Metanoia: Report on Probability #3.1 (reclusion)


Cool air ghosted over Martin’s burning face, carried rotten notes of mold, corrosion, and deeper decay of some animal matter. “Welcome home,” he said.

At that moment, a gray form rose from the distant tree-line. Martin froze.

He ought to be down in the quiet dark—not standing here paralyzed with dread. Jesus Christ . . . even now . . . they’re trying to control it. Control a dead country.

The drone acquired him, turned, and zipped through the gray with hypnotic precision. It knew more about Martin than his parents, ex-girlfriend, credit report, FBI background check, internet trackers, and résumé—useless dead things all.


Would it kill him?

Martin’s (now imprisoned) friend who’d worked for SW-11—a special-access black project—had admitted the new UAVs bore kinetic energy penetrators. Martin swallowed hard—a hypersonic tungsten pellet could violate concrete like a bullet through cake.

The drone paused, buzzed like a three-foot wasp. Now or never.

Martin’s drumming heart took him down into the earth and its secrets.


Stopping on the landing, he turned for a final look at organic light. Stenciled red on the concrete steps was a fitting epitaph (or epithet!): BE SECURITY WISE

In another life, Martin would have laughed. “Fuck you,” he said, hoping the drone’s acoustic sensors scraped from the air what probably was his last utterance.

The close atmosphere, surprisingly dry, both comforted and stank. Martin surged with relief . . . and turned toward the blast door between him and infinite blackness. . . .


A scattered testimony of cigarette butts, tan and mummified, adorned decades of leaf dust, pebbles, and what looked like a Coke can excreting a length of cloth terminating in flaky char—as if used as a torch, or some failed incendiary weapon.

Martin wondered how many rats, dead and alive, he might encounter. Decided he didn’t care. Certainly living things had entered here, and died. Their rot seasoned the infinitesimal current haunting the space. “Let there be light,” and Martin plucked a Streamlight Stinger from his pack. He had five, enough Xenon illumination for 150 hours. Impossible to recharge down here, but with no pathological fear of the dark (quite the opposite), he doubted they’d see much use beyond that necessary for navigation. This trek, after all, was not one of exterior exploration. . . .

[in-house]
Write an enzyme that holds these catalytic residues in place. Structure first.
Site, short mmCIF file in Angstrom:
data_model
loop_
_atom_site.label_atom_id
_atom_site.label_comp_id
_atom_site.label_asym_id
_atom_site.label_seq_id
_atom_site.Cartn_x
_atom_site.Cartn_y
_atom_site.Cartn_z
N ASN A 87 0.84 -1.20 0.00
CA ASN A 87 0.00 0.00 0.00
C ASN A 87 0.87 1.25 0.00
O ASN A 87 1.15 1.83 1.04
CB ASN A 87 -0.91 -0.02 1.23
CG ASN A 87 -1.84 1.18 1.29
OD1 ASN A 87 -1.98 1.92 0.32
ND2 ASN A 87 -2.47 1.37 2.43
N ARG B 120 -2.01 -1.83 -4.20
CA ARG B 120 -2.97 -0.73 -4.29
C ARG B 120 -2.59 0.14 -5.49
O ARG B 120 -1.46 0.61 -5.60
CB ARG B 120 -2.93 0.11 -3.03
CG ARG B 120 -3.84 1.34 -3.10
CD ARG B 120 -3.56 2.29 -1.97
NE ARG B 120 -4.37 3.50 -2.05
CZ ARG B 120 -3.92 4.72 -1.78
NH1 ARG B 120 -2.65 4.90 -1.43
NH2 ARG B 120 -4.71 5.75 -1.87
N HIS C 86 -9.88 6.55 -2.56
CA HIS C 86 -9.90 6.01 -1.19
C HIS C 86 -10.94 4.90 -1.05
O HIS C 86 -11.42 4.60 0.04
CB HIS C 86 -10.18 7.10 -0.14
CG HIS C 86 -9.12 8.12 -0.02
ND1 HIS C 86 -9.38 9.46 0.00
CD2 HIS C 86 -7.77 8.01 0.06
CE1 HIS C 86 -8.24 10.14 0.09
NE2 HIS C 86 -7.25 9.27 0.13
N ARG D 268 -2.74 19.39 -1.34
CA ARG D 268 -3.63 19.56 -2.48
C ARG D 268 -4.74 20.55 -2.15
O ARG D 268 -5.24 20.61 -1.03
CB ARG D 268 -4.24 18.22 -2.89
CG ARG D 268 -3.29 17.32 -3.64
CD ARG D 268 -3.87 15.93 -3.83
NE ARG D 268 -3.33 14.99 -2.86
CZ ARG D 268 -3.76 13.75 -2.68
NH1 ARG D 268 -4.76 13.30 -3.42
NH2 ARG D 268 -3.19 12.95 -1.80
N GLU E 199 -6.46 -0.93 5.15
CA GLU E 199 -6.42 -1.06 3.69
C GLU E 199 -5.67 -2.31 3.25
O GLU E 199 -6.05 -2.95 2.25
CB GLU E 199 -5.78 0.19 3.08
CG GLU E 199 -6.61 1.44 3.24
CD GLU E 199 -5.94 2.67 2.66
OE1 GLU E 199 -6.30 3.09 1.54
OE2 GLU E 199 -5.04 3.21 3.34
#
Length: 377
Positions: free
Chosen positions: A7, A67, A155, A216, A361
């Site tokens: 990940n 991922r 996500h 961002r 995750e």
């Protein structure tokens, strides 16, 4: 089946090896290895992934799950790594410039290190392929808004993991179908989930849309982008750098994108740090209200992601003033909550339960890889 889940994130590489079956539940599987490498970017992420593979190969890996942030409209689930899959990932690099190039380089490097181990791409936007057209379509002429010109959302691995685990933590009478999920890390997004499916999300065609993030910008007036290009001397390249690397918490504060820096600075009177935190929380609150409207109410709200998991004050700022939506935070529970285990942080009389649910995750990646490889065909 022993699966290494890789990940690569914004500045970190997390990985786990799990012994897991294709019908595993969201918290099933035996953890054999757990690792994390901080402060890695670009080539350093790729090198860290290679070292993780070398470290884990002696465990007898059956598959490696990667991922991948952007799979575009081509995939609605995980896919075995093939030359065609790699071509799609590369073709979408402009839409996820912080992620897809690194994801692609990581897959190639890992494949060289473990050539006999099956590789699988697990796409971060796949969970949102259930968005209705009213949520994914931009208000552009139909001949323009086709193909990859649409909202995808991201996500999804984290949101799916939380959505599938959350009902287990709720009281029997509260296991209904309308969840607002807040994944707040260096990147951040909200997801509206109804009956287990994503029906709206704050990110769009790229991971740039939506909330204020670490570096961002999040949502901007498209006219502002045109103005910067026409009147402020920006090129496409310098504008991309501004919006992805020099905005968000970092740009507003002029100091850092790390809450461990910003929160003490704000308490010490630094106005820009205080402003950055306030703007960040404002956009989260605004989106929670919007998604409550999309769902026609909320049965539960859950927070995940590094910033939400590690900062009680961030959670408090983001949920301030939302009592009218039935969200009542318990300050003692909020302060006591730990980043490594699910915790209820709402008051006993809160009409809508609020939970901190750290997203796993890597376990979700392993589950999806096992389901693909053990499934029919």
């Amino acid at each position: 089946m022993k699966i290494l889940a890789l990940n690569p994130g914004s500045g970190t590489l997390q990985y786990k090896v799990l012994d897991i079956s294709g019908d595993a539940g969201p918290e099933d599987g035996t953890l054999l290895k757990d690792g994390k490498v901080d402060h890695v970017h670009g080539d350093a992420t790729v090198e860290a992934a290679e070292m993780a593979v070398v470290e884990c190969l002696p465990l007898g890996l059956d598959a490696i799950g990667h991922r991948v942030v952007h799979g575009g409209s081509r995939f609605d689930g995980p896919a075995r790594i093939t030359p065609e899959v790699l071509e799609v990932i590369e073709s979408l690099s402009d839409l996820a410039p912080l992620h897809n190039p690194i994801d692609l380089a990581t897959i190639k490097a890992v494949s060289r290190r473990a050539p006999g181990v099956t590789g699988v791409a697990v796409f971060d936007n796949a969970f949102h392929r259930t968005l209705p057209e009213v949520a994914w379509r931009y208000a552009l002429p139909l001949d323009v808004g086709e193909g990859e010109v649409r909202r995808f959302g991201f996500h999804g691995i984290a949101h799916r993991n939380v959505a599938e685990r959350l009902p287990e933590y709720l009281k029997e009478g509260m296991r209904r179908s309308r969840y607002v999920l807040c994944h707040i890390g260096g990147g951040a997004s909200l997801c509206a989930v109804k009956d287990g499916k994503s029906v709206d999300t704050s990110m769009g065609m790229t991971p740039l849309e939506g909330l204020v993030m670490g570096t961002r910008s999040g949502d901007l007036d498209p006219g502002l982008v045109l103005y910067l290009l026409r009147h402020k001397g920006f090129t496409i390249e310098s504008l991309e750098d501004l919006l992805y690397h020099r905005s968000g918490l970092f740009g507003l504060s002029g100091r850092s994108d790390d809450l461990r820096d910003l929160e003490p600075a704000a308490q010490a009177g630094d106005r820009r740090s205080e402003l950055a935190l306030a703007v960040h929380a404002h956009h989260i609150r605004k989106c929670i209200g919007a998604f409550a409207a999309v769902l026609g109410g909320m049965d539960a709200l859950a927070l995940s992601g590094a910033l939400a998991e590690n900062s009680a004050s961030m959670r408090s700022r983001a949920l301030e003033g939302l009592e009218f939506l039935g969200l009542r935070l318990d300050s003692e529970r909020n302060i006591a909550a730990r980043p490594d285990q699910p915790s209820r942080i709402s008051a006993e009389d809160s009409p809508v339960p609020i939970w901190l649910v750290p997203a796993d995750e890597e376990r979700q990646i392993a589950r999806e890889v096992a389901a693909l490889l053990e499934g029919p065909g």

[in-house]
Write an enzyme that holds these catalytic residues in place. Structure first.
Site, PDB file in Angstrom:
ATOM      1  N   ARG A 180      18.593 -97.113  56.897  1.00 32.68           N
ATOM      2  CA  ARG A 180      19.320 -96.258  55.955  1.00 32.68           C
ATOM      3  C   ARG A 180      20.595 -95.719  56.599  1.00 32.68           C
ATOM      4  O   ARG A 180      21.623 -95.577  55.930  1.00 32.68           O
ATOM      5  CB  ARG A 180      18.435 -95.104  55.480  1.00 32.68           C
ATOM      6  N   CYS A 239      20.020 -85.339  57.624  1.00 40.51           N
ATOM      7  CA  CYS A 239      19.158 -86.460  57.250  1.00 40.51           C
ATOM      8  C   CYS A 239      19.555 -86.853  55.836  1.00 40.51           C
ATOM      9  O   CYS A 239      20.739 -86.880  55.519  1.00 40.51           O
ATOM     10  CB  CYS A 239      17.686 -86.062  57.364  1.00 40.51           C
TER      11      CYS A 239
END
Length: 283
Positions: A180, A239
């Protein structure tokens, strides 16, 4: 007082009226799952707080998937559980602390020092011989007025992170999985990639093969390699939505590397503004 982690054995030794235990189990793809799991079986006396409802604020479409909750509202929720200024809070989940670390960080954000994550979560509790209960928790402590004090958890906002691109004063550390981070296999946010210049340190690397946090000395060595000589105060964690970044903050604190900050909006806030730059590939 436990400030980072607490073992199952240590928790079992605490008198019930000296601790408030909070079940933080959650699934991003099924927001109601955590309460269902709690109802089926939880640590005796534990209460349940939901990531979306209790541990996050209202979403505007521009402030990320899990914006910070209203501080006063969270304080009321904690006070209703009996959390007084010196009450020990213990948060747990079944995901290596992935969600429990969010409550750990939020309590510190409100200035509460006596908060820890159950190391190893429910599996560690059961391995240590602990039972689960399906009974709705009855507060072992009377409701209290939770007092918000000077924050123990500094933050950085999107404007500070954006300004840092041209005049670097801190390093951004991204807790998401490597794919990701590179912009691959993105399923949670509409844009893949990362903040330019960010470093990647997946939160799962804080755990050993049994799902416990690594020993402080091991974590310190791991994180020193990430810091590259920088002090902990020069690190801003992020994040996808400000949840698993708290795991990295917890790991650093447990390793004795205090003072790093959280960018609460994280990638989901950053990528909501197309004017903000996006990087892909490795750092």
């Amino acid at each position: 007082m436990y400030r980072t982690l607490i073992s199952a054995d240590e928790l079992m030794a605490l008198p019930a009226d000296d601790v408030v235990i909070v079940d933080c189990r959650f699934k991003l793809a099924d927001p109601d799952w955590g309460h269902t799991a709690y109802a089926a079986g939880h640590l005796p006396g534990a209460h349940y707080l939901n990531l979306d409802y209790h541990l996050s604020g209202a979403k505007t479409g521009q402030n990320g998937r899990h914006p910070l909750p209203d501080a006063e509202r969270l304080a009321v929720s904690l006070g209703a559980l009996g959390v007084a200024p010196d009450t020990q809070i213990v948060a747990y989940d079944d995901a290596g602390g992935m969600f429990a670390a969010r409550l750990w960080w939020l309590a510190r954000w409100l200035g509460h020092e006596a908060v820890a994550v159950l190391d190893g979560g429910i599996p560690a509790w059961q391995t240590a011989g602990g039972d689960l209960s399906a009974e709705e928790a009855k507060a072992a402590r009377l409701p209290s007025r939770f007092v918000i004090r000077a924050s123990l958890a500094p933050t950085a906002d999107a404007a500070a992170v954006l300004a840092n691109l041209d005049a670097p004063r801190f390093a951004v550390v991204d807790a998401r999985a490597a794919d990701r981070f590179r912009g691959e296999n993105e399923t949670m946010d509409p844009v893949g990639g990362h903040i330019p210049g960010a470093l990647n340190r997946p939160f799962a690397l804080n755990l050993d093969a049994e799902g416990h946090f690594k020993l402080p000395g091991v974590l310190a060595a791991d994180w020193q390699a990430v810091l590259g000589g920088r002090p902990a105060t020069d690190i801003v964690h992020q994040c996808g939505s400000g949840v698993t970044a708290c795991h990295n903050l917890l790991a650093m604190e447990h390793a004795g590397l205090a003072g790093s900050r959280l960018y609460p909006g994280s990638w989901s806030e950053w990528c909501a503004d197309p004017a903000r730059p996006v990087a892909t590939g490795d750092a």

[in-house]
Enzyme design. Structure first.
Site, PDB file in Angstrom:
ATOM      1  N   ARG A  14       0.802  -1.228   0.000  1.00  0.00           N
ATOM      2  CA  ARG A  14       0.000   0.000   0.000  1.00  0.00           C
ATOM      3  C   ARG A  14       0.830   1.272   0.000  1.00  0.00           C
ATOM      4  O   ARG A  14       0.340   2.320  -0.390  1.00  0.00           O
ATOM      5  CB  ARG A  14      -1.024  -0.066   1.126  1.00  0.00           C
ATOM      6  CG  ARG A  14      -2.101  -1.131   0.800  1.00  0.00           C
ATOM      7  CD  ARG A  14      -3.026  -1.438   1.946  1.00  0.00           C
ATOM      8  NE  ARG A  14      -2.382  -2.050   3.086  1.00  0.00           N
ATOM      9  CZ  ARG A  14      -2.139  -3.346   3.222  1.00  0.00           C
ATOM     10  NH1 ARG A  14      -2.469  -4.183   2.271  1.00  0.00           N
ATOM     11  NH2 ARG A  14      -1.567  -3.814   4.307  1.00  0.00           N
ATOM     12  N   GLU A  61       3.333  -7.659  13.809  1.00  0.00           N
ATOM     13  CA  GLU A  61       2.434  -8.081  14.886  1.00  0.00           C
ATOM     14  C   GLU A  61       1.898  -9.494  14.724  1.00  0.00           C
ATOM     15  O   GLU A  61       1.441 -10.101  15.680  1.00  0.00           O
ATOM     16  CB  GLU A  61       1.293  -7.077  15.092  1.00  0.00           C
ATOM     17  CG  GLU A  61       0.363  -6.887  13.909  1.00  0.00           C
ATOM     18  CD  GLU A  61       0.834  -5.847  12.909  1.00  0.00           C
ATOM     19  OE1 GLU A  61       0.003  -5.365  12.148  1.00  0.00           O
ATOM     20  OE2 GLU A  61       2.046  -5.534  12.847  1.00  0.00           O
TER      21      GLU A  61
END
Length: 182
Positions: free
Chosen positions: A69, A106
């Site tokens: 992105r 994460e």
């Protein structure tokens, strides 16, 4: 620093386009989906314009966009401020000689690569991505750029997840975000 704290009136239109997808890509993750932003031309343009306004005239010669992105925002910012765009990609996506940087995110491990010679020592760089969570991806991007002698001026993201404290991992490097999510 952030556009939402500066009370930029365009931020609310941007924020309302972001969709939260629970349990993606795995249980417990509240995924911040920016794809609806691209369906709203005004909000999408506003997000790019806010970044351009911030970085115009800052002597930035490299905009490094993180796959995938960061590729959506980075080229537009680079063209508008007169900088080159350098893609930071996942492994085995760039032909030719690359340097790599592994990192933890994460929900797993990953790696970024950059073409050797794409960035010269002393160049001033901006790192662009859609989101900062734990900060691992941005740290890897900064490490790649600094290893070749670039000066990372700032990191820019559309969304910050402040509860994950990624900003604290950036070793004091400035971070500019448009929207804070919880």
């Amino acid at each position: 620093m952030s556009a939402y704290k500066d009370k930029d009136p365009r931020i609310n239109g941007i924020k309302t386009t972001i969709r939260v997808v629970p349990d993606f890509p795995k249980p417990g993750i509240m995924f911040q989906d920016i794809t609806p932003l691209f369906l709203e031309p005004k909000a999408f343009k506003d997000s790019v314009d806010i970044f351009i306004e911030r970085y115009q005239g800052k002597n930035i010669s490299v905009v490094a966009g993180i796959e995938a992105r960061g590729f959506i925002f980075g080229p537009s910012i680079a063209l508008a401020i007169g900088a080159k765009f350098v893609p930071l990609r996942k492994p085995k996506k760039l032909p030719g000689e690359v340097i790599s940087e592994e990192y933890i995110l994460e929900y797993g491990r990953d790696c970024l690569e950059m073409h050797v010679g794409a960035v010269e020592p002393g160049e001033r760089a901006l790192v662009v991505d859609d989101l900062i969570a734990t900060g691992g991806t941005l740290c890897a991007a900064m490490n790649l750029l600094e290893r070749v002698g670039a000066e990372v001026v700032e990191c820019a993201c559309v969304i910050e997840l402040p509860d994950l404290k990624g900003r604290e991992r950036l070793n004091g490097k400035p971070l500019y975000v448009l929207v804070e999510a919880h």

Inside, grit rasping under his boots, Martin was surprised to find another stairwell.


What the hell. These Nike-site guys liked their double-protection, I guess. Can’t blame ’em.

He had thought his first glimpse of darkness was powerful. He was wrong. The noisome void waiting before him softly inhaled . . . exhaled . . . inhaled . . . Martin’s pulse thudded in his ears. He raised the Stinger, its beam lancing blackness.



He jumped back—and sighed.

Jesus Christ. Stupid goddamned logo they had.

Considering its dating back to the late 1950s, the cement floor was uncracked and amazingly clean. Probably they’d done a hyper-efficient job of sealing the place—had to. The roads above might be pitted, fragmenting hazards, but God forbid this fortress of security be tainted.


Unearthly silence watched, and Martin stepped down the corridor. There came arousing urgency . . . shocking and rude. He tried to ignore it, but his quickening breath tapped deeper chaos.



After a minute or so, the corridor opened out into a vast chamber. Martin’s ears popped; he swallowed to clear them, cast the beam to his left. The launch ramp and elevator stood locked and rusted like victims of eternal obsessive psychosis. Abruptly Martin feared they might move—even hallucinated jaw-clenching shrieks of arthritic metal. He must move on.



The light caught something farther down, perhaps twenty feet away. Martin raised it higher. A side corridor . . .


“Goddamn . . .”

Martin altered the Stinger into its “flood” mode, and gazed into the narrow passage. Here the casual bullying of time had not been so forgiving, and part of the faux ceiling had collapsed.

Something dead must lay nearby, because its reek saturated the air like disembodied rage. Martin paused, and splashed light into the black nowhere of one office.

“Hello, Marty,” said Doctor Wagner seated behind a rusted beige desk.

Martin cried out—bashed his temple against the door jamb. Terror blasted into him. How could—?

The old psychiatrist grinned, gray eyes merciless and cold.

Dizzy with fright, Martin could see the man’s impossible stillness, the priceless Armani suit. He could see green fungus rimmed the manicured fingernails. He could even recall herr Wagner had been murdered five months ago.



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